18th century abolitionists campaigned for the end of the slave trade. Later generations argued for an end to slavery entirely.
The idea that enslavers should improve the circumstances of the enslaved, without lifting the condition of slavery from them.
Atlantic slave trade:
There have been slave trades throughout history and in different parts of the world. The Atlantic slave trade refers to the capture and movement of enslaved people from West and West-Central Africa to North America, South America and the Caribbean.
After slavery ended, formerly enslaved people were made to carry out unpaid work as so-called apprentices. The apprenticeship system caused resentment and it ended earlier than planned in 1838.
Attorneys were not necessarily lawyers. They were people who ran plantations on behalf of owners who lived elsewhere. Becoming an attorney in the Caribbean was a route taken by many Scots.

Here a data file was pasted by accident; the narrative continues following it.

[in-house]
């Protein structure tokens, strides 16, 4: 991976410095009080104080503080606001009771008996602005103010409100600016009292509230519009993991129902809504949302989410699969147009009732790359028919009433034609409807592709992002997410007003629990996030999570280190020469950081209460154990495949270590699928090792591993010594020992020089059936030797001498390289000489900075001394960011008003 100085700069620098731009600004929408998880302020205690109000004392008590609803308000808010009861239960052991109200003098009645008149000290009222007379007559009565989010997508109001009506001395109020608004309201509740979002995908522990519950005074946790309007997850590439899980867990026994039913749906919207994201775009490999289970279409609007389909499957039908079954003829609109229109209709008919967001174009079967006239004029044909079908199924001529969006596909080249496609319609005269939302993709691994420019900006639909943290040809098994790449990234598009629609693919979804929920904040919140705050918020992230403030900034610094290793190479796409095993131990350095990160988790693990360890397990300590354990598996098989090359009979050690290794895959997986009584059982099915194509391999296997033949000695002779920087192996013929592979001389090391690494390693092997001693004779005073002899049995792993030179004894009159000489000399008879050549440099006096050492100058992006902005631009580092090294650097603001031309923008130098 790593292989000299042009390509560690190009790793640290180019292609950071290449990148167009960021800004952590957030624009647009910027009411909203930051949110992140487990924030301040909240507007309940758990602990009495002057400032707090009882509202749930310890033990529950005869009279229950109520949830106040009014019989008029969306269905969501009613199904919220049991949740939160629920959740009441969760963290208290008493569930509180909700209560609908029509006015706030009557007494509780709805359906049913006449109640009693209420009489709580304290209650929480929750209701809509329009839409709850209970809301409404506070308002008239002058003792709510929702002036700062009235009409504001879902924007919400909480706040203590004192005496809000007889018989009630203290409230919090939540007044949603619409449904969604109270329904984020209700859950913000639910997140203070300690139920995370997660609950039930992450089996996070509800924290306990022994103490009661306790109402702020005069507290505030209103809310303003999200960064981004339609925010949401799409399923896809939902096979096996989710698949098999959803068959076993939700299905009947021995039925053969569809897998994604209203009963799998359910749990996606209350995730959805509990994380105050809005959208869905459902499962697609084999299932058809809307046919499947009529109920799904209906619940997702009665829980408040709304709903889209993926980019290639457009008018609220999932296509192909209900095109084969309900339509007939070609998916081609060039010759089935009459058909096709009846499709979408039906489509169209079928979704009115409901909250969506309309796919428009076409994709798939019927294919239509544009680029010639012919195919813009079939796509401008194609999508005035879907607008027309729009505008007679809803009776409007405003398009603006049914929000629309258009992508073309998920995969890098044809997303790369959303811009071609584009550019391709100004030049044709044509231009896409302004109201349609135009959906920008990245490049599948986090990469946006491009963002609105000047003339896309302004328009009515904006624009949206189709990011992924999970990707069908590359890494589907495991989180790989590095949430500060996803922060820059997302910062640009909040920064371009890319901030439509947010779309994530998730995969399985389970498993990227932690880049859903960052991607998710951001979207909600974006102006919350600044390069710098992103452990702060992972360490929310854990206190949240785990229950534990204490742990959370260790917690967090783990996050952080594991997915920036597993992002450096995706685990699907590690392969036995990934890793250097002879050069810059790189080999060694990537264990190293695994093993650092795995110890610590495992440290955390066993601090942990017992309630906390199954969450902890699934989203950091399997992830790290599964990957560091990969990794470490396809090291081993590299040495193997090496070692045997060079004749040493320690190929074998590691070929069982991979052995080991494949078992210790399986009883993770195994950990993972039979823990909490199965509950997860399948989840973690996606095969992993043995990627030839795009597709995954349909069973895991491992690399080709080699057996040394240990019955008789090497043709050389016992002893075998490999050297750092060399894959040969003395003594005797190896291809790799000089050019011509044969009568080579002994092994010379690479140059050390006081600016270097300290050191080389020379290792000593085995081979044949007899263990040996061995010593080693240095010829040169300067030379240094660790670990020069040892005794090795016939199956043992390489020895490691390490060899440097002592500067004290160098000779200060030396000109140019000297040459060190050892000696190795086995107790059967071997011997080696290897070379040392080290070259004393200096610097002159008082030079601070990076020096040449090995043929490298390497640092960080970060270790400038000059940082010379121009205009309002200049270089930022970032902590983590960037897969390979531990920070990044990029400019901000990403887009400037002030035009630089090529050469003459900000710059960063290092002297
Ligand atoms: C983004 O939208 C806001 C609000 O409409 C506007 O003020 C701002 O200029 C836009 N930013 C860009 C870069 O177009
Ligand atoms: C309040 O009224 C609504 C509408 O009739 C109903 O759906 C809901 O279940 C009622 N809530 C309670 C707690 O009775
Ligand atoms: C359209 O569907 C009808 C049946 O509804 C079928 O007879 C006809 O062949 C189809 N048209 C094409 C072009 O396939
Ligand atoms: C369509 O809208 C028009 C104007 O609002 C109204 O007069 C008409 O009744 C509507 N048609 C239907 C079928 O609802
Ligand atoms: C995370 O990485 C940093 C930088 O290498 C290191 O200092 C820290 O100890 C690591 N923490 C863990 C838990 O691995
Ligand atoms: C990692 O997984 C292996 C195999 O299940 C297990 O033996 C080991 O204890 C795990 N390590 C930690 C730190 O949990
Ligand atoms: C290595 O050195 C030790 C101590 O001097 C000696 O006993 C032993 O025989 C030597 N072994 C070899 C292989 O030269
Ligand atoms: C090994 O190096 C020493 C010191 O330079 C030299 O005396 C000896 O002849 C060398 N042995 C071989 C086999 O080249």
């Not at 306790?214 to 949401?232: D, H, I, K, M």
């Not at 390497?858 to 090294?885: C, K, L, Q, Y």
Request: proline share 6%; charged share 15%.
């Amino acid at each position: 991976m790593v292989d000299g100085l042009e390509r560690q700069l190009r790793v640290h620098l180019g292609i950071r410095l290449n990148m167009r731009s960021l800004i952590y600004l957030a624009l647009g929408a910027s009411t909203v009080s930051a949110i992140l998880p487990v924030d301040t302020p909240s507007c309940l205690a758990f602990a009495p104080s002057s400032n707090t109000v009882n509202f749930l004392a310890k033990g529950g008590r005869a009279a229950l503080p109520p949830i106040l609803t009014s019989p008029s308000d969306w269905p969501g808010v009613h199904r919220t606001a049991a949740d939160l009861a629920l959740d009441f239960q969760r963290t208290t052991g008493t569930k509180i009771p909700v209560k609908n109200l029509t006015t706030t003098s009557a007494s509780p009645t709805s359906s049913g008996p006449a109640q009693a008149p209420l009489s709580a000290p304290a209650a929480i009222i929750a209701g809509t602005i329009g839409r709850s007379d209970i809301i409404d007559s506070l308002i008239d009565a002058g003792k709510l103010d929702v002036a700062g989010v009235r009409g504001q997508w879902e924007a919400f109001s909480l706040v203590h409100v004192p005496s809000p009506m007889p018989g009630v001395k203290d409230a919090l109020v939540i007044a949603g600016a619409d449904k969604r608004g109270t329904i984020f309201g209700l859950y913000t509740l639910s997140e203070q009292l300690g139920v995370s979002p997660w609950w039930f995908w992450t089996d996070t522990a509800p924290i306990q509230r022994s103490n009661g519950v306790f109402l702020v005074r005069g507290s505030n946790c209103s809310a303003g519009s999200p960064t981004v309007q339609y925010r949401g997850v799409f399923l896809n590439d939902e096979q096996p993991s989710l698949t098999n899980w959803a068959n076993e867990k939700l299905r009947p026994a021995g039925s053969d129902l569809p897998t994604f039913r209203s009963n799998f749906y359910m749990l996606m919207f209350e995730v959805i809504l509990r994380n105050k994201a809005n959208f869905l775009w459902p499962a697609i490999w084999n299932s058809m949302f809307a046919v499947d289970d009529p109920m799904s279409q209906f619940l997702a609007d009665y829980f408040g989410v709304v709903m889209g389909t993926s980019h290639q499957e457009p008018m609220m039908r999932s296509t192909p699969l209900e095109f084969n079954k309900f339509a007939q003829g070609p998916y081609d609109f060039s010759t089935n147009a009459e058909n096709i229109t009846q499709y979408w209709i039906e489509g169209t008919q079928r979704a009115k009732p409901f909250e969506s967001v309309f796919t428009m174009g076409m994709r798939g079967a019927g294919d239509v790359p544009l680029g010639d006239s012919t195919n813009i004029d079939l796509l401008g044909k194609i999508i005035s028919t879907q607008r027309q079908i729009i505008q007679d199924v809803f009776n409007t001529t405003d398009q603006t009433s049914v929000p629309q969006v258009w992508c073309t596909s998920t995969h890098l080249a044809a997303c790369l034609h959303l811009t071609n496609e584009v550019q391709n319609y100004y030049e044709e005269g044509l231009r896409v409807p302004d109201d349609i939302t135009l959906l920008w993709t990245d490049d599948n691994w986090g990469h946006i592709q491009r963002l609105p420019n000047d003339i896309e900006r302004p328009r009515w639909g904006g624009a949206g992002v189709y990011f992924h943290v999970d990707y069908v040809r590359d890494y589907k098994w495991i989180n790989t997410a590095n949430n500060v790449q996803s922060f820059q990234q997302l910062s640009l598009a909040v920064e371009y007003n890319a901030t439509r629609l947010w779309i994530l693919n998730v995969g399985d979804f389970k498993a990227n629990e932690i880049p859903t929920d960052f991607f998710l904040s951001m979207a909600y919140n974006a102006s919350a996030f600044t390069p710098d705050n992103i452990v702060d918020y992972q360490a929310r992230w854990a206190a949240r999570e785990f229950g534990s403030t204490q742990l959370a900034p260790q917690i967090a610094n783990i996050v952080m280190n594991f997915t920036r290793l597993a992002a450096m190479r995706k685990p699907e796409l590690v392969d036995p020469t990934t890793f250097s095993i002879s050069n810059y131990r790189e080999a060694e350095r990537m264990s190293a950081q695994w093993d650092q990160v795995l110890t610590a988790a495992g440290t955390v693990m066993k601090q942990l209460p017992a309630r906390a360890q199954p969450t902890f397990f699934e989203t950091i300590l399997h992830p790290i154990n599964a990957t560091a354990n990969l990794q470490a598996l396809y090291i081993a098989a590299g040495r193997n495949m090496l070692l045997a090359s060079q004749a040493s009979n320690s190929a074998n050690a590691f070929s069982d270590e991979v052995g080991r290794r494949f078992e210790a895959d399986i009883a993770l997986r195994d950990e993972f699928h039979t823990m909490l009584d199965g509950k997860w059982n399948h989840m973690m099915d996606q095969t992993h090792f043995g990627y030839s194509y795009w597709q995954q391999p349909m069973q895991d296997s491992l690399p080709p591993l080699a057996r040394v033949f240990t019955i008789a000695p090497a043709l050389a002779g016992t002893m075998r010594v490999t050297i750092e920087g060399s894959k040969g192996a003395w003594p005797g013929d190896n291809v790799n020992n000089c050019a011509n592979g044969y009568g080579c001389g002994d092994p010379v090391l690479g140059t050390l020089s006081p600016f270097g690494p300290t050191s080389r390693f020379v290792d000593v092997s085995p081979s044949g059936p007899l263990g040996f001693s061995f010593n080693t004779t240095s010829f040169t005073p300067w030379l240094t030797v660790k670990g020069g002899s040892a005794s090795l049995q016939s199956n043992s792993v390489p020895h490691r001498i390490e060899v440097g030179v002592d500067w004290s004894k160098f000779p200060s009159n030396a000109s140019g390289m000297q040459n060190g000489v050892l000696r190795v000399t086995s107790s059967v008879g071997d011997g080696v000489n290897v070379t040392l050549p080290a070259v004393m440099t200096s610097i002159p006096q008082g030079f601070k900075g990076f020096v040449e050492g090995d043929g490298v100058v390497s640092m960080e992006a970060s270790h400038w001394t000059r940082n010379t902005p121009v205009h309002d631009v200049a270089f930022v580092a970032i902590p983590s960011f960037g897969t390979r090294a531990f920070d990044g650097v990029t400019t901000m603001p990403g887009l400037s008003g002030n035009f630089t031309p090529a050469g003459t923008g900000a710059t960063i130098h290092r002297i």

After the abolition of slavery in 1834, enslavers were allowed to claim money from the government to reflect their lost 'property'. The expenditure on compensation was around twenty million pounds.
The formal end of slavery in Britain's Caribbean colonies (along with its territory in present-day South Africa and Mauritius). Emancipation happened in August 1834.
This term has replaced 'slaves' as the descriptor for people enslaved in the Americas. It reflects the humanity of the enslaved. They were not objects or property, but people with lives of their own.
Enslaver is an alternative label to other terms like 'planter' or 'master' — terms used by enslavers themselves.
An enslaved person who asserted their freedom by leaving their enslaver.
The process of lifting the condition of slavery from an enslaved person. An enslaver was able to choose to manumit an enslaved person, or the enslaved person could purchase their freedom by paying a fee.
The Atlantic slave trade was organised around a three-legged journey. Ships would sail from Europe to the coast of Africa. Once they had enslaved people aboard their vessels, they crossed the Atlantic from Africa to the Americas — this portion of the journey was known as the 'Middle Passage'. On the final leg, these vessels took goods like sugar back to Europe.
Sites of agricultural production based on the forced labour of enslaved people. Produce grown by the enslaved on plantations included sugar, cotton and tobacco.